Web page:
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Li-ion 4.35V: How much do we lose by charging it at 4.20V?

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    Li-ion 4.35V: How much do we lose by charging it at 4.20V?

    Hi everybody! I've tested the SANYO UR18650ZTA (4.35/3.7/3.0V) twice - at 4.35V and at 4.20V, which is the charge end voltage for the vast majority of Li-ion cells. The purpose was to find out how much we lose by undercharging a high voltage lithium battery.

    As always the cell was bought from Queen Battery and tested with ZKETECH EBC-A20 and a self-made battery holder. It's a PC-connected battery tester supporting 4-wire measuring and discharging at up to 20A.

    I've followed all the prescriptions of the IEC61960-2003 standard concerning battery's capacity measurement. Before each discharging cycle each battery was charged at standard current mentioned in its datasheet to charge end voltage (4.2V/4.35V) (cut-off at 0.1A, which is the lowest supported by EBC-A20). Before each discharging or charging i've held a 1-1.5hrs pause. The environment temperature was about 25°C.

    SANYO UR18650ZTA

    There is the following marking on the tube (traditionally for Sanyo, it's very hard to see): SANYO Z UR18650ZTA V18A.

    The main specs from its datasheet:
    Rated capacity: 2850mAh at 20°C
    Minimum capacity: 2900mAh at 25°C
    Typical capacity: 3000mAh at 25°C
    Nominal voltage: 3.7V
    Standard charge current: 1.45A
    Charge end voltage: 4.35V
    Charge cut-off current: 58mA
    Max. discharge current: 5.8A
    Discharge cut-off voltage: 3.0V
    Max weight: 48g

    Pay attention to the discharge cut-off voltage which is higher than usual and also to the nominal voltage - 3.7V. 4.35V cells' nominal votage usually is 3.8V (4.40V - 3.85V), but not in this case. Max discharge rate is 2C (5.8A) but as you'll see the curves below, it's better not to go behind 5A.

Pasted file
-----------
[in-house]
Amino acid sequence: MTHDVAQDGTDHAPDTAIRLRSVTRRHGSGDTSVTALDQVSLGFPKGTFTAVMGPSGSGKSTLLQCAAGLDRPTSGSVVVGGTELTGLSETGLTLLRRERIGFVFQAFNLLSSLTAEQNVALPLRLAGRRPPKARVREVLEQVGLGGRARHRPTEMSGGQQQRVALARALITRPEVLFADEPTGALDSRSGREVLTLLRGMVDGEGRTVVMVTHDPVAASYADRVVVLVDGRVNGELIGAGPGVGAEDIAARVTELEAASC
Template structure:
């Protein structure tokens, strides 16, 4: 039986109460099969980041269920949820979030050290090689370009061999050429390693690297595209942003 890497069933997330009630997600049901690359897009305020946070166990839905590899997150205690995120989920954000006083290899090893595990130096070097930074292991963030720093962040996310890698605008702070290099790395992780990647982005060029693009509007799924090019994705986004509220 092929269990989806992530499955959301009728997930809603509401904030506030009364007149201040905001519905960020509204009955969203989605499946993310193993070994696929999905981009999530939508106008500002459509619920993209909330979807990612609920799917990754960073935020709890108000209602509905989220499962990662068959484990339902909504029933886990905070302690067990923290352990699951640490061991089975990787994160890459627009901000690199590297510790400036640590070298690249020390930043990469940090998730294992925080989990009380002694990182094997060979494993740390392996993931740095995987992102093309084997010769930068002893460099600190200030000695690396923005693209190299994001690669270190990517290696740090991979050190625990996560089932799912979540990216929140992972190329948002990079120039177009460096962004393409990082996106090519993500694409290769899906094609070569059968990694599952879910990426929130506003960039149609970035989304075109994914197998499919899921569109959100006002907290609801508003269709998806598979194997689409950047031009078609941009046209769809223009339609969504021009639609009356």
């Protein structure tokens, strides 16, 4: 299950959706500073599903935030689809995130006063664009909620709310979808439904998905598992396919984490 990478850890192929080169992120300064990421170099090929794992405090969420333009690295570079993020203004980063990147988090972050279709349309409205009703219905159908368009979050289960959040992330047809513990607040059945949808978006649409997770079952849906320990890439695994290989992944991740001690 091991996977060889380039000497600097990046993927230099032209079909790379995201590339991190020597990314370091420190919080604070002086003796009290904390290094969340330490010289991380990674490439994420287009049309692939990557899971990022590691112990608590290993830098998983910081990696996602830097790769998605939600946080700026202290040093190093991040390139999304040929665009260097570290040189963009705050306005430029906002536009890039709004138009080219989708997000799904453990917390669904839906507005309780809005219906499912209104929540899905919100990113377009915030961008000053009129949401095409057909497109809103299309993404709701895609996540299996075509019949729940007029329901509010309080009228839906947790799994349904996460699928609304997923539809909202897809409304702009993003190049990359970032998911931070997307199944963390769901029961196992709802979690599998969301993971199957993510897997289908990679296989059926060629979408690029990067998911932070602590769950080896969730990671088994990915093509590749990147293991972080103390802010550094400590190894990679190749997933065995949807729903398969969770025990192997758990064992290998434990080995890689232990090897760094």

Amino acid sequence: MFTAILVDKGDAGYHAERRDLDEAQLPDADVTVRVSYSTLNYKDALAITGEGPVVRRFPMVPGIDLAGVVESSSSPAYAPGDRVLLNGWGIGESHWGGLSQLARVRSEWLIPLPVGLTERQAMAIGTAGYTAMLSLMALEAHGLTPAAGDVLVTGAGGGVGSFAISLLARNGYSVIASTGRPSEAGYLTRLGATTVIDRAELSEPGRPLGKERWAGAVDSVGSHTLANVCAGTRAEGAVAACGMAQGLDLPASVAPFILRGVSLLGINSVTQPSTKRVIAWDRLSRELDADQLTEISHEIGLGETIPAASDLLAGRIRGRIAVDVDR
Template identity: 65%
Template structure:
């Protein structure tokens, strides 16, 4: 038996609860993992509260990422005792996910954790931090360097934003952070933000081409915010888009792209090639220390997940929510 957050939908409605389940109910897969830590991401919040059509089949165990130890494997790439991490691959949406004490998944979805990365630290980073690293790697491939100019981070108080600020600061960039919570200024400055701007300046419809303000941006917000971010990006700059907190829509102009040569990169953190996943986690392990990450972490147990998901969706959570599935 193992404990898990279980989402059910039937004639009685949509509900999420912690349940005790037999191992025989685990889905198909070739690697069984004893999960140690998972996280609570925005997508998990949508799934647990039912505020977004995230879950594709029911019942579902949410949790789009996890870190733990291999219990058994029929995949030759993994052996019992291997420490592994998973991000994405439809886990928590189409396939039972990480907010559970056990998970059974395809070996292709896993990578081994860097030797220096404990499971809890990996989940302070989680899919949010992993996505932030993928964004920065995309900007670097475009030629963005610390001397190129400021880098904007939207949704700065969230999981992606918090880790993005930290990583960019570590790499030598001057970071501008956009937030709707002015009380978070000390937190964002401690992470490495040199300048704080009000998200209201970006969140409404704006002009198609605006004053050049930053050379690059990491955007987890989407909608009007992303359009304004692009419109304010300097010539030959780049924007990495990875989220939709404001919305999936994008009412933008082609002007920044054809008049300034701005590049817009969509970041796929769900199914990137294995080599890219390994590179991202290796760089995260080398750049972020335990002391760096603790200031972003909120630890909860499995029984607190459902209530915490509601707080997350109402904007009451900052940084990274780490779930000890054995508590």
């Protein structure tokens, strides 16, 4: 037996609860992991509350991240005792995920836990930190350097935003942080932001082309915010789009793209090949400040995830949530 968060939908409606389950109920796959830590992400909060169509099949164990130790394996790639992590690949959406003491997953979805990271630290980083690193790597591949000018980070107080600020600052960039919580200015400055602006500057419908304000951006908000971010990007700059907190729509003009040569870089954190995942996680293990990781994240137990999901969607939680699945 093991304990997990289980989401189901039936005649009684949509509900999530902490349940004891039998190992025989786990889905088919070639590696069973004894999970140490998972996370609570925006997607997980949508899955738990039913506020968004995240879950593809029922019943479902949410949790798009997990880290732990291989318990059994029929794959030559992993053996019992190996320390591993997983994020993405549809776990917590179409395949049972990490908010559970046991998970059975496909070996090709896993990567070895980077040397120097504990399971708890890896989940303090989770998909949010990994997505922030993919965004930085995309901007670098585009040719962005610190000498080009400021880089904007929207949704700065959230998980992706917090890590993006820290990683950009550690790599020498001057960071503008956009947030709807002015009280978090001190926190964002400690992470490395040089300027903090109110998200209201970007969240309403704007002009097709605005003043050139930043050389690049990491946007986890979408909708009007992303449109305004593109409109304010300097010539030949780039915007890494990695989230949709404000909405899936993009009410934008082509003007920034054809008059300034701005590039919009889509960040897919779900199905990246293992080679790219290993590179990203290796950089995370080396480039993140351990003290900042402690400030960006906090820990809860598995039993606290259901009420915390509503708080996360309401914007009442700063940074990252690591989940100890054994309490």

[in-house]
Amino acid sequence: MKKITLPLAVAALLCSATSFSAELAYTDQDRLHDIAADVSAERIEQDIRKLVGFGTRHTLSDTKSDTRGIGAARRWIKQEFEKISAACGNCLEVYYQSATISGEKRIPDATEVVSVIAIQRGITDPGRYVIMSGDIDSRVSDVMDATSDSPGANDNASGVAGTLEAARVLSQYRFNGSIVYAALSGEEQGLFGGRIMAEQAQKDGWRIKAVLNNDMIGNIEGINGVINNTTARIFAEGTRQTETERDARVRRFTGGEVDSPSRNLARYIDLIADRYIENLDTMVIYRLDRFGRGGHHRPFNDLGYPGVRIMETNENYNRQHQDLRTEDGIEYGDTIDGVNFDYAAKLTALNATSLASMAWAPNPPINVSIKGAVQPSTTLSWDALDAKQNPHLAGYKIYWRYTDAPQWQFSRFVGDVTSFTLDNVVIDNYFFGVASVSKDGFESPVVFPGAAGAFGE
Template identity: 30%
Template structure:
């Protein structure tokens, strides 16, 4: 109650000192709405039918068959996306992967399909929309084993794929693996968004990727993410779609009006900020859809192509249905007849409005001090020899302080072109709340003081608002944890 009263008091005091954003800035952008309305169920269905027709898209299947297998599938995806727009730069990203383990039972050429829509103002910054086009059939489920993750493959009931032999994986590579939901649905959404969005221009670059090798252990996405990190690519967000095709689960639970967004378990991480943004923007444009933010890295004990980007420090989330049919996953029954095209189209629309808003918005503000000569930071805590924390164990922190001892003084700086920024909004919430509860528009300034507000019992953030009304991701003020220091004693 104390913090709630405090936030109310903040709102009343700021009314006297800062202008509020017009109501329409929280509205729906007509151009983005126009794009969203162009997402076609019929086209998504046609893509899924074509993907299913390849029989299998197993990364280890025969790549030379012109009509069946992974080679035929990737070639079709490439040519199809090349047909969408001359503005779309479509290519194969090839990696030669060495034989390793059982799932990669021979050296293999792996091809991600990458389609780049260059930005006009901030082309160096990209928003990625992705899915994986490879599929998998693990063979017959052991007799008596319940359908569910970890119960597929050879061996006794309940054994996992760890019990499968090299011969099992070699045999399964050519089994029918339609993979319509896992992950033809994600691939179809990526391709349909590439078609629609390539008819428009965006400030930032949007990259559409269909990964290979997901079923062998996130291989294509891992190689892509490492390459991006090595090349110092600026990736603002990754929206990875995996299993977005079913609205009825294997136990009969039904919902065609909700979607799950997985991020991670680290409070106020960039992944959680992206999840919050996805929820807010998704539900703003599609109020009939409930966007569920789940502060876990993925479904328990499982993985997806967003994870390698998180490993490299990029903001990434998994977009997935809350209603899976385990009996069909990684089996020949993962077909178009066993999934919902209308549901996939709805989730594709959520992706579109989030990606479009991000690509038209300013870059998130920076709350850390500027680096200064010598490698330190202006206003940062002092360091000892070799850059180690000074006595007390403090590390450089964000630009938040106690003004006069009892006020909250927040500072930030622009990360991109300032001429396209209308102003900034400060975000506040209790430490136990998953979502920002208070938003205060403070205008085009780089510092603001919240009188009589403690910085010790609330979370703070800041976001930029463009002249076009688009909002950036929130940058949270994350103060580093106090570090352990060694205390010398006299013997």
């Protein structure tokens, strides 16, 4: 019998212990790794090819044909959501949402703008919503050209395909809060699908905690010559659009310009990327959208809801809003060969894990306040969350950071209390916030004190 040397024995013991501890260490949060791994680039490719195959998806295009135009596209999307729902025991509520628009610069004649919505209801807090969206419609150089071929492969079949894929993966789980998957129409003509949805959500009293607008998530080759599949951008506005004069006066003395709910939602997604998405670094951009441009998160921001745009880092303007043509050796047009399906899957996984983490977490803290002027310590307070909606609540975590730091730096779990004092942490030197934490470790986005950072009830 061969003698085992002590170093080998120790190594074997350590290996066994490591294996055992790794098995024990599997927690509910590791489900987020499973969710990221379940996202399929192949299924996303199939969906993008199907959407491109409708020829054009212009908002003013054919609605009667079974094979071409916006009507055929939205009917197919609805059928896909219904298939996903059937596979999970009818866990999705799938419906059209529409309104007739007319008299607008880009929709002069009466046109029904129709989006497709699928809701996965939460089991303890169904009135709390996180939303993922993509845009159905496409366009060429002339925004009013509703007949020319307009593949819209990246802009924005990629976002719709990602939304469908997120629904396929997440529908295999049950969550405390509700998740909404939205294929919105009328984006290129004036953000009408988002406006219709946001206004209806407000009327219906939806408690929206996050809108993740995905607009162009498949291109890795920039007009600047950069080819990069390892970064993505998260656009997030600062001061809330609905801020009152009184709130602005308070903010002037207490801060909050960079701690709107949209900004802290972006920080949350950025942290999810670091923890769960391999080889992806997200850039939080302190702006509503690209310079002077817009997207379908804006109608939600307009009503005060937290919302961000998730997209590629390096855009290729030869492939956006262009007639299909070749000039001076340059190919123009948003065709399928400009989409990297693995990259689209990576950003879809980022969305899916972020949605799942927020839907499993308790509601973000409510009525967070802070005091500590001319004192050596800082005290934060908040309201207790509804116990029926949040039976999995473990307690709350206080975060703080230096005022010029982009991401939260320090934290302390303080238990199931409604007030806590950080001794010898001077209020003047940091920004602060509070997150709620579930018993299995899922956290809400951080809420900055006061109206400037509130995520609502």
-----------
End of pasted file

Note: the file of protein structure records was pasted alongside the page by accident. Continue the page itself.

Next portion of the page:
The measured weight is 48.01g:

    Test results at 4.35V:

    At 0.2C it's not even close to 3000mAh and it's below the 2900mAh minimum mentioned in the datasheet. At 5A the curve tells us "stop kidding, you've reached the maximum".

    Test results at 4.20V:

    At 4.20V this cell becomes a 2500mAh one. The character of the curves remains the same, they are just a bit shorter.


    At 0.2C / 0.58A:

    At 2.0A:

    At 5.0A:

    As you can see at 4.20V charge we lose about 13-14% of the capacity and 14-15% of the energy, but undercharging is a good way to increase the cycle life by hundreds of cycles. And i hope that this test will be useful when choosing between cycle life and capacity.

    As usual, i've made the video version of this review too:

    Your likes, comments and subscriptions to my channel are highly appreciated! Thanks for reading/watching!
    Last edited by thunderheart; 07-12-2018, 01:58 AM.

    Very informative post. Thanks. I sure wouldn’t discharge that cell at 5.0A on a ride, nor discharge to 3.0V.


      Very professional you are!